Dad’s appointed destiny means that Billy, now known as “Worm Boy” at school, is on his own for Saturday. Worse, he has to take care of Woody. (The little brother is yet another problem for Billy, Woody being the sort of naturally affable child who makes friends and impresses adults wherever he goes, even though, away from the adults, Billy sees him acting out his own bully scenarios against helpless creatures, drooling on ants and whomping the birdfeeder until it breaks.)
Billy gets some help on the Woody care front from Erika (Hallie Kate Eisenberg), the only kid at school who’s been nice to him. Also a misfit, being too “tall,” she so appreciates his situation and wants to see Joe’s authority challenged. She also provides a basic commentary throughout the film, observing the bonding/bulling behavior from a distance and sighing, “Boys are so weird.”
The worm eating is apt illustration. The first one downed is something of an ordeal, owing to the fact that that Official Worm Cooker Benjy (Ryan Malgarini) fries it up in lard on a park barbeque and Billy has to eat it on the run when the cops roll up to announce, “No barbequing!” But soon he’s winning sympathizers from among Joe’s “team,” as he seems to be willing himself to succeed. “Worm Boy stopped himself with mental power,” observes one admirer. “He told the vomit to stay inside.” Billy’s new buddies include Adam (Austin Rogers), lately a victim of Joe’s Death Ring (when he punches you with it, you’re infected with a poison that makes to bleed internally and slowly, so you’re dead by eighth grade). Fed up at last with trying to win Joe’s never-coming approval, Adam chooses to be on Billy’s team.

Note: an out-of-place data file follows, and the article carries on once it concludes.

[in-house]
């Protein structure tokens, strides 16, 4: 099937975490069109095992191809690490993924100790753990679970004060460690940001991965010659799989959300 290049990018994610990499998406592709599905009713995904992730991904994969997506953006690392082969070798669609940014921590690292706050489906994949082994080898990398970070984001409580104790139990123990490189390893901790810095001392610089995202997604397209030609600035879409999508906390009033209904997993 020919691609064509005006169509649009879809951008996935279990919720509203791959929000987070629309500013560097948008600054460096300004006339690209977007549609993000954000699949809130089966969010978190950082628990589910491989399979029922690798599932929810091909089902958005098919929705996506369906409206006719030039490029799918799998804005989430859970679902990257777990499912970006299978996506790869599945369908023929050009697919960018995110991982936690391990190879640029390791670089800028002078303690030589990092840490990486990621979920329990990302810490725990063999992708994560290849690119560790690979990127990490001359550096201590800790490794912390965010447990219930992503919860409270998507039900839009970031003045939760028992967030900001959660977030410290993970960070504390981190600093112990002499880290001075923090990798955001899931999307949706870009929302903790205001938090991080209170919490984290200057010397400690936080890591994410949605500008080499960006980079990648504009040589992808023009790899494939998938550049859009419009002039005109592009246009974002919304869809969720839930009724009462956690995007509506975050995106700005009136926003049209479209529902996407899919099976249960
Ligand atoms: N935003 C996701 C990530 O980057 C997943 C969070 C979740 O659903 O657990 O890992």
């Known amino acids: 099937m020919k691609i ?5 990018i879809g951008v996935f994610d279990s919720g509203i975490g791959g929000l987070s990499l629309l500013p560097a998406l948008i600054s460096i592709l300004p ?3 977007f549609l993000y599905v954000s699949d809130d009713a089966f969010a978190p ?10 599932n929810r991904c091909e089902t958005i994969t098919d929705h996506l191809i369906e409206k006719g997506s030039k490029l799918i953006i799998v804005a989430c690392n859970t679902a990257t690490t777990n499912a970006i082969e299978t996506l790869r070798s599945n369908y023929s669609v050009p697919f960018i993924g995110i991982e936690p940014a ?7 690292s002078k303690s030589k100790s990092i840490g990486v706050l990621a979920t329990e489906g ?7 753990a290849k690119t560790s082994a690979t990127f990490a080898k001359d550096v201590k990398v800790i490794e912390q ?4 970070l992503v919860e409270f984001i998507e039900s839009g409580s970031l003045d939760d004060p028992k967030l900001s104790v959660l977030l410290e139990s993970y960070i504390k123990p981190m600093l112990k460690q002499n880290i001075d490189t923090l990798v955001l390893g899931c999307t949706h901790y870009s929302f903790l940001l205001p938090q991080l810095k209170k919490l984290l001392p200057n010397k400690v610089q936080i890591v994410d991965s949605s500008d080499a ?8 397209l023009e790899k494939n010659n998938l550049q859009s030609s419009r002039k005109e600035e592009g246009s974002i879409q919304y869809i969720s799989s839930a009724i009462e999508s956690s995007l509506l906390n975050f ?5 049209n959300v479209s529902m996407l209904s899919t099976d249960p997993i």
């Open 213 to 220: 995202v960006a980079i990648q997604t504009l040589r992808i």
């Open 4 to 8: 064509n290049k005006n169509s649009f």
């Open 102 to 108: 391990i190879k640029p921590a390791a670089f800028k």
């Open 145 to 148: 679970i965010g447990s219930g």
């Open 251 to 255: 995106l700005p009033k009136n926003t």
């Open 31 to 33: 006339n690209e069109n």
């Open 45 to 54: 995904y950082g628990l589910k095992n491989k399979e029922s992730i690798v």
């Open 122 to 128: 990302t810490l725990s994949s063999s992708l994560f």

While the lessons about fitting in and being loyal and finding common ground when it seems unlikely are all good, the film’s primary focus is the mashing, cooking, and chewing of worms. Benjy goes so far as to show up with a blender, in which he combines spinach, broccoli, and green worms, and gives each concoction a name: the Barfmallow mixes worms with ketchup and marshmallow; the Burning Fireball combines hot sauce, tomato sauce, and high heat; and the Radioactive Slime Delight is almost elegant, a solo worm splatted inside a microwave, requiring a spatula to get it to Billy’s mouth. The more he’s able to keep the worms ingested, the more self-confident Billy becomes, to the point that he starts to believe his own hype: “Worm Boy” triumphant.
For its primarily 10-year-old audience, How to Eat Fried Worms maintains an appropriate focus, without making gestures toward adult viewers. The upchuck potential increases with every next recipe, even as the two opposing teams of boys share jokes and become friends—in spite of themselves. While they are briefly interrupted by the occasional adult (the principal [James Rebhorn] or a scary bait-shop lady [Jo Ann Farabee]), for the most part, the boys are on their own. And they remain suitably “weird.”
// Short Ends and Leader